As a result of a criminal conspiracy, 81,555 tickets worth 11.3 million euros (US $16 million) fraudulently issued between 2007 and 2009 have been canceled, refunds will be given and license points will be removed. The consumer watchdog group Codacons wants permanent changes in the law, including banning the ability of municipal governments to pad general funds with photo ticket revenue and a minimum five-second yellow warning time at intersections. In January, the makers of the T-Red brand of red light cameras were similarly arrested for fraud after prosecutors found motorists were being trapped at intersections with short yellows and improperly certified equipment.

"That yet another seizure has happened on the national territory demonstrates how municipalities are using illicit means and violating the law in order to make cash," a Codacons press release stated.

Yesterday's raid was given the code name "Operation Devius." The investigation is ongoing.




1/30/2009
Italy: Red Light Camera Makers Arrested for Fraud
Red light cameras shut down across Italy in massive fraud scandal involving 109 public officials and contractors.


Red light cameras are shut down across Italy as the largest ever government investigation into the illegal use of photo enforcement expands. Carabinieri yesterday placed the inventor of the "T-Red" brand of red light camera, Stefano Arrighetti, 45, under house arrest. Another 63 municipal police commanders; 39 mayors and other public officials; and red light camera distributors including Kria, Ci.Ti.Esse, Maggioli, Traffic Technology and Open Software are under investigations. Documents and automated ticketing machines have been seized from 54 municipalities.

Motorist complaints about being trapped at camera-equipped intersections with short yellow signal durations sparked the inquiry. Verona Preliminary Investigations Judge Sandro Sperandio ordered police on January 24, 2008 to seize T-red devices in Tregnago, and the case soon spread across the country to other cities and towns under contract with photo ticketing companies.

Criminal charges of forgery and fraud are based on four basic complaints, many of which represent common practices in the United States. First, municipalities are accused of shortening yellow times to boost profit. Although not binding, Ministry of Transportation guidelines recommend a minimum yellow of 3 seconds for intersections with a posted speed of 50km/h (31 MPH), 4 seconds for 60 km/h (37 MPH) and 5 seconds for 70km/h (43 MPH). Many cameras were placed at high-speed intersections with yellow times as short as 3 seconds. In the US, photo enforcement advocates modified signal timing guidelines beginning in 1985 to promote the use of shortened yellow timing without running into legal troubles.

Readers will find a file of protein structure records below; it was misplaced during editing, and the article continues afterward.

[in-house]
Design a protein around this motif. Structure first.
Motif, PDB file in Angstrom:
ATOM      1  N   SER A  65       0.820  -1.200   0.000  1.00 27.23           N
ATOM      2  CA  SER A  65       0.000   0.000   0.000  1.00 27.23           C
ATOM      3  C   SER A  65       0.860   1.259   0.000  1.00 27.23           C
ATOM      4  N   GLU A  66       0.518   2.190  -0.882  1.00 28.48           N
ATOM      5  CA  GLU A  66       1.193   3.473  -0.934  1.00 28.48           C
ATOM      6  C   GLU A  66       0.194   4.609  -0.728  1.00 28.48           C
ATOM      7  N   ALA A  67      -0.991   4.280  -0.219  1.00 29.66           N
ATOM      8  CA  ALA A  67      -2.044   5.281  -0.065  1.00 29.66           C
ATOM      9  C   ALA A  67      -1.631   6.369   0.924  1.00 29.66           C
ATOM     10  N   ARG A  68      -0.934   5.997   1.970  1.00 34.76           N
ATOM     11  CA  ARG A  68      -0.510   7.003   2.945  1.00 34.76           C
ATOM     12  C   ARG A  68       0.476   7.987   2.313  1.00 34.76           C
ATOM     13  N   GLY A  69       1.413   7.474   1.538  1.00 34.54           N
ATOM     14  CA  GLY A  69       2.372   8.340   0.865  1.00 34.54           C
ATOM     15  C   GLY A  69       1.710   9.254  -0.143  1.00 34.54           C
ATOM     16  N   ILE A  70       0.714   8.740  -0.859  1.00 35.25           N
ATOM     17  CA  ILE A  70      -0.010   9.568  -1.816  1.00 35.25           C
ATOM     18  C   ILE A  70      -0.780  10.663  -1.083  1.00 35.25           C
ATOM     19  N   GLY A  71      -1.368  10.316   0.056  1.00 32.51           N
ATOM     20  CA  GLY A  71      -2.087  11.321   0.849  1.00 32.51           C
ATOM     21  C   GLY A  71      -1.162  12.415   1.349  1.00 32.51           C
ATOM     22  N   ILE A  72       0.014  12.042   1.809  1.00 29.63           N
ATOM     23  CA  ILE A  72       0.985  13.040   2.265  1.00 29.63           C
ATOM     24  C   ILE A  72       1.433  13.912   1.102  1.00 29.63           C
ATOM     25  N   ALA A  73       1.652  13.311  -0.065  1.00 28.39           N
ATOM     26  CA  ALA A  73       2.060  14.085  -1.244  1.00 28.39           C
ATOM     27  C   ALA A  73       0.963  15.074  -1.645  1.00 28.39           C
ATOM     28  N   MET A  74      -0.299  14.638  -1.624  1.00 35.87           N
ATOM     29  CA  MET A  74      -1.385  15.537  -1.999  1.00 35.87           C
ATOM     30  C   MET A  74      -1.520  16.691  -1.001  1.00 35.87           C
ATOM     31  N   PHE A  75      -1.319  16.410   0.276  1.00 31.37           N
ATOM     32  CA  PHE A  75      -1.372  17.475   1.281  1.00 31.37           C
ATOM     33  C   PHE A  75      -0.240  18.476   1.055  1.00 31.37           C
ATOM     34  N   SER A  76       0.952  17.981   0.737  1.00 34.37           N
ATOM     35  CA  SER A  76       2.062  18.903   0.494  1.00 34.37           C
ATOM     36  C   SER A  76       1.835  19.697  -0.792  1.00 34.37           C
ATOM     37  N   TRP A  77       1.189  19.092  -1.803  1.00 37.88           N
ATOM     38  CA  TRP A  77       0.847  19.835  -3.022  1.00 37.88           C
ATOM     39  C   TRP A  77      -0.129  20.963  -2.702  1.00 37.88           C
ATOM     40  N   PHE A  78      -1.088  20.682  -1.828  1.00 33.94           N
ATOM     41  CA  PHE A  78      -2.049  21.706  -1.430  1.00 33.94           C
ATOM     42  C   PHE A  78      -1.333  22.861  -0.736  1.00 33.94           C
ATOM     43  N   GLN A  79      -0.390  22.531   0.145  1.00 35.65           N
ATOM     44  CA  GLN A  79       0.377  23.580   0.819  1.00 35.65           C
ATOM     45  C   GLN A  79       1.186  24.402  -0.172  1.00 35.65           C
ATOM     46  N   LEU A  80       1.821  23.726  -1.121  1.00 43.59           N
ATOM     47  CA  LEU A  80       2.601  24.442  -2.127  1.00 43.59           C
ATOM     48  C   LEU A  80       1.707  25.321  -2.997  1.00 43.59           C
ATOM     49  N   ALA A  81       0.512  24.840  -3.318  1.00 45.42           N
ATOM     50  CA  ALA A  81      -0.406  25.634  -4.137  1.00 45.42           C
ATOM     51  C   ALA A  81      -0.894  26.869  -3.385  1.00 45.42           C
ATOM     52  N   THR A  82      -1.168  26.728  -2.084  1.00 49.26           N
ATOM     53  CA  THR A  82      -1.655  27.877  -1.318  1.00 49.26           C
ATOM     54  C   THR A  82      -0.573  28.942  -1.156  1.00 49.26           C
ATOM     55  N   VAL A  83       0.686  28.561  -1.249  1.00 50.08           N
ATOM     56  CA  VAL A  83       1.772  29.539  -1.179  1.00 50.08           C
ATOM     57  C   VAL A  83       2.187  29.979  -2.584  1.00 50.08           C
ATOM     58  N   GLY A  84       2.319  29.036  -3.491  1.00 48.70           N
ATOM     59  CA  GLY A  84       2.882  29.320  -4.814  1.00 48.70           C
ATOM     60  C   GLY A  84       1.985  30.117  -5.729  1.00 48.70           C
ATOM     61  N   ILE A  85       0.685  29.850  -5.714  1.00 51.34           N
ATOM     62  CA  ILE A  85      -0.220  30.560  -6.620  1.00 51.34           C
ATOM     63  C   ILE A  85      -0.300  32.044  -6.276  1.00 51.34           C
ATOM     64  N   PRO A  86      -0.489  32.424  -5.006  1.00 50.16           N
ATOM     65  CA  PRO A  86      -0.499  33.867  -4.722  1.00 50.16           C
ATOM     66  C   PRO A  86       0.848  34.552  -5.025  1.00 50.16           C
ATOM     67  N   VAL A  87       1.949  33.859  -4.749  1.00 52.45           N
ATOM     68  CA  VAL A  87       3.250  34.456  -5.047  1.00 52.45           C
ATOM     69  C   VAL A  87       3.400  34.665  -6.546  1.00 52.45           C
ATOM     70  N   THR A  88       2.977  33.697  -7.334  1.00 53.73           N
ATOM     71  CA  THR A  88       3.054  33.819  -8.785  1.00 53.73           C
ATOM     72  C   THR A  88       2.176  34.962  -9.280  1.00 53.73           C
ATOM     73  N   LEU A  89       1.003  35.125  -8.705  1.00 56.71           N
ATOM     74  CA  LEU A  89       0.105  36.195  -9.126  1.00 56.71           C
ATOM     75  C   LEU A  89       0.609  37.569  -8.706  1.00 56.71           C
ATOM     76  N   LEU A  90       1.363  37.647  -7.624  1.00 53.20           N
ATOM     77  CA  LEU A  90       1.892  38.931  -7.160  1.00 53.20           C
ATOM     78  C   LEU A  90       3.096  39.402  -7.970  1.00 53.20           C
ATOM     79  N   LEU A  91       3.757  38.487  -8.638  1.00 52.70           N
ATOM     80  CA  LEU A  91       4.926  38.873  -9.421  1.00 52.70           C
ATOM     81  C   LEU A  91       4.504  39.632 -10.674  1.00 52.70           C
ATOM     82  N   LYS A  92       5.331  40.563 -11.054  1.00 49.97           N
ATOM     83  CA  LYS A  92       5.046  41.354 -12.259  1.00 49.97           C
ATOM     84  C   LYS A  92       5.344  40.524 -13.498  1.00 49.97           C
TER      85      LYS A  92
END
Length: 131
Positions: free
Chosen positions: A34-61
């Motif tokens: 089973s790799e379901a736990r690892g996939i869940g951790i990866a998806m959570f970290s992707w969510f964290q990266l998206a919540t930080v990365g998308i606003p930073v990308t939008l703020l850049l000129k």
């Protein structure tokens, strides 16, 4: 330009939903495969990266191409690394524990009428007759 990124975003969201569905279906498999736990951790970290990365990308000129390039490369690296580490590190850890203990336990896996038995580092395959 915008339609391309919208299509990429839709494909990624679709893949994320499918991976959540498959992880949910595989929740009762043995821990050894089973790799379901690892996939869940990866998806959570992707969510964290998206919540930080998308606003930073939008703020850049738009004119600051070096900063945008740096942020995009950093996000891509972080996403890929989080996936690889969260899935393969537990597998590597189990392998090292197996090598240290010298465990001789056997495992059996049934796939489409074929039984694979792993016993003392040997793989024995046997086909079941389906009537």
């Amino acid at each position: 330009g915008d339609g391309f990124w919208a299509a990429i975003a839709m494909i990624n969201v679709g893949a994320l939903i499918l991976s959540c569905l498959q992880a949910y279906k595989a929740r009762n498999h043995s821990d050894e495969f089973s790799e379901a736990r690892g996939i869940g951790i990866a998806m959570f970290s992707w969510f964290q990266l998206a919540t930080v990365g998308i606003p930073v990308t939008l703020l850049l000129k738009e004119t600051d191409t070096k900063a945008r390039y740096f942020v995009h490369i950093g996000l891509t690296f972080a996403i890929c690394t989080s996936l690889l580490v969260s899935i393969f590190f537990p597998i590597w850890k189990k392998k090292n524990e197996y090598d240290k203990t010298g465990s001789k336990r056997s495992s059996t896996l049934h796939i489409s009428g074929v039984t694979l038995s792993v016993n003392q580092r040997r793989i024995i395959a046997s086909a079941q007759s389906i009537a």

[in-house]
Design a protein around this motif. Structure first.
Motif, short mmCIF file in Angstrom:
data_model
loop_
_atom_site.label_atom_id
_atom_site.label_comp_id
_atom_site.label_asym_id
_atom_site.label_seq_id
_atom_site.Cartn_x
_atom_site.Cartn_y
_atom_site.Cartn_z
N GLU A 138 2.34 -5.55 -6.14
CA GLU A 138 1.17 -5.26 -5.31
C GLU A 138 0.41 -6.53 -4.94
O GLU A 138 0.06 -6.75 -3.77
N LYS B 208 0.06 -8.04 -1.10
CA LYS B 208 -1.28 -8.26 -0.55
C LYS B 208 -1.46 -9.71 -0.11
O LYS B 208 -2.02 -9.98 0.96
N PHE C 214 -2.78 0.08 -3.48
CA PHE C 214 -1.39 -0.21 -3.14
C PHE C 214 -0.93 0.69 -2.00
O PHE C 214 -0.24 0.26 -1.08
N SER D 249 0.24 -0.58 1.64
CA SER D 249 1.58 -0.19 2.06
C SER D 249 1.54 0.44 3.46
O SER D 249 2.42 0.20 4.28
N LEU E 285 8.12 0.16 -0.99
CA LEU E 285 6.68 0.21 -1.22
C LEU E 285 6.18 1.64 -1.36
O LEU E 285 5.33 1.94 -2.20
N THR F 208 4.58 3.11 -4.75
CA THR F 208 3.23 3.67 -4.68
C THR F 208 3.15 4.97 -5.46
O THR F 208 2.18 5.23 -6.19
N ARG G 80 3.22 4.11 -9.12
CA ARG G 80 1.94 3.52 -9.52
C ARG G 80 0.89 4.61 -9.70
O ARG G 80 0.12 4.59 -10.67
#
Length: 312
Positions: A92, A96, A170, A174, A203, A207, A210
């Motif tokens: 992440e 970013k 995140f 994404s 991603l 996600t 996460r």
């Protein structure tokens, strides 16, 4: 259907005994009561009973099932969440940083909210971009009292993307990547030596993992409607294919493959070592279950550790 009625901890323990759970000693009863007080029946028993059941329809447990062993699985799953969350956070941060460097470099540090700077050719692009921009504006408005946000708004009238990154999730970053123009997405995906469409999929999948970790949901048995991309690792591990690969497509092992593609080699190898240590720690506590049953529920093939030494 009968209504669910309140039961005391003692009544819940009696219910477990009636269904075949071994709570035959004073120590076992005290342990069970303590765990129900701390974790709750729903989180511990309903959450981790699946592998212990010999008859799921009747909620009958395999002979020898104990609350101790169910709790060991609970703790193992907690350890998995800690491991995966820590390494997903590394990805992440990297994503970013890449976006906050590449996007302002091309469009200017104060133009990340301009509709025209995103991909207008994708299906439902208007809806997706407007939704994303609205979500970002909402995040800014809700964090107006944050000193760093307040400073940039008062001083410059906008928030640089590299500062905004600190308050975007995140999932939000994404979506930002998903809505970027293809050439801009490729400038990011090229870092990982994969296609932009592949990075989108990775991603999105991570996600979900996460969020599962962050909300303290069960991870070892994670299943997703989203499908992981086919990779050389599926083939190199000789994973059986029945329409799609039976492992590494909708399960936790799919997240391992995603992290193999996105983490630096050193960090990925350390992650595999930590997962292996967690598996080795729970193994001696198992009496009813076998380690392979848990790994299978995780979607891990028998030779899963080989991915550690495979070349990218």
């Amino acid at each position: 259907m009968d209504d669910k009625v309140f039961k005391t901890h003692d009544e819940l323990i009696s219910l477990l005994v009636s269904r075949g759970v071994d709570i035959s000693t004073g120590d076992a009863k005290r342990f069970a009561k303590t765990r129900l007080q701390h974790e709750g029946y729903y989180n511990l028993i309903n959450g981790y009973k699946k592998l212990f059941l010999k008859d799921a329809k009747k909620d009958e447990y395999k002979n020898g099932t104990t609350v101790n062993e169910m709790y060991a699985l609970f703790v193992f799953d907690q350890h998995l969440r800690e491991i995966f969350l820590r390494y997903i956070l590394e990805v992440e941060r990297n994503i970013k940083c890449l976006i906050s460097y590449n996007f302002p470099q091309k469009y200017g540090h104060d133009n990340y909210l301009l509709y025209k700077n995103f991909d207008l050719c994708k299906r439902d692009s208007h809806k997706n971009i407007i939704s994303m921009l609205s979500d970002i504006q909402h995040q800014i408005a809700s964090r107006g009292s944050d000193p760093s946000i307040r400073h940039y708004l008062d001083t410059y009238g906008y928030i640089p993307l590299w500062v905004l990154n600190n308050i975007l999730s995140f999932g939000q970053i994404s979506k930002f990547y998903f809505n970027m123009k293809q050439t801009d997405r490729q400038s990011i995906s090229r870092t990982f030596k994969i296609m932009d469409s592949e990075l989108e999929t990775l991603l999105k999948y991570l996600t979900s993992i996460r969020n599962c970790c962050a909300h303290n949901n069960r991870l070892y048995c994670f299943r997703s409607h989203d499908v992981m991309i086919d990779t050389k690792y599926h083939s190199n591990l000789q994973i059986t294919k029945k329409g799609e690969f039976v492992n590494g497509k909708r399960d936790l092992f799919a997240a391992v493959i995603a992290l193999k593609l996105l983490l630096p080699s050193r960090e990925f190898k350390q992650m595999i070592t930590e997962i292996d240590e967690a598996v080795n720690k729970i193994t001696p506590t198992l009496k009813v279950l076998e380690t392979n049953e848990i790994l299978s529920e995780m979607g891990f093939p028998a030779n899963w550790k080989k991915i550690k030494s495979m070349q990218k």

Second, investigators found that municipal police never reviewed the camera fines. Instead, the tickets went straight to private companies like Ci.Ti.Esse which affixed scanned electronic signatures of police officials before mailing the citations, in violation of Italian law. Camera companies in the US also affix digital signatures to citations that have often never been reviewed by police officials.

The third charge involves fraudulent type approval of the red light camera device. Arrighetti's company, Kria, is accused of having only the T-Red's camera approved by the Ministry of Transportation, not the electronic control hardware that determines who receives a ticket. The same charge has been leveled against Redflex, the Australian company that operates US red light and speed camera systems.

The fourth and most damaging charge involves contracting irregularities. A municipal police commander who helped a red light camera system go from 500,000 Euros in fines in 2005 to $1 million Euros in 2007 received a 2000 Euro (US $2580) bonus from a private company. The no-bid contracts offered to the companies that operate the systems with a per-ticket compensation of 35 percent of each fine issued, while common in the US, violate Italian contracting statutes.

Motorists who have already received fines may apply to the courts to have them canceled.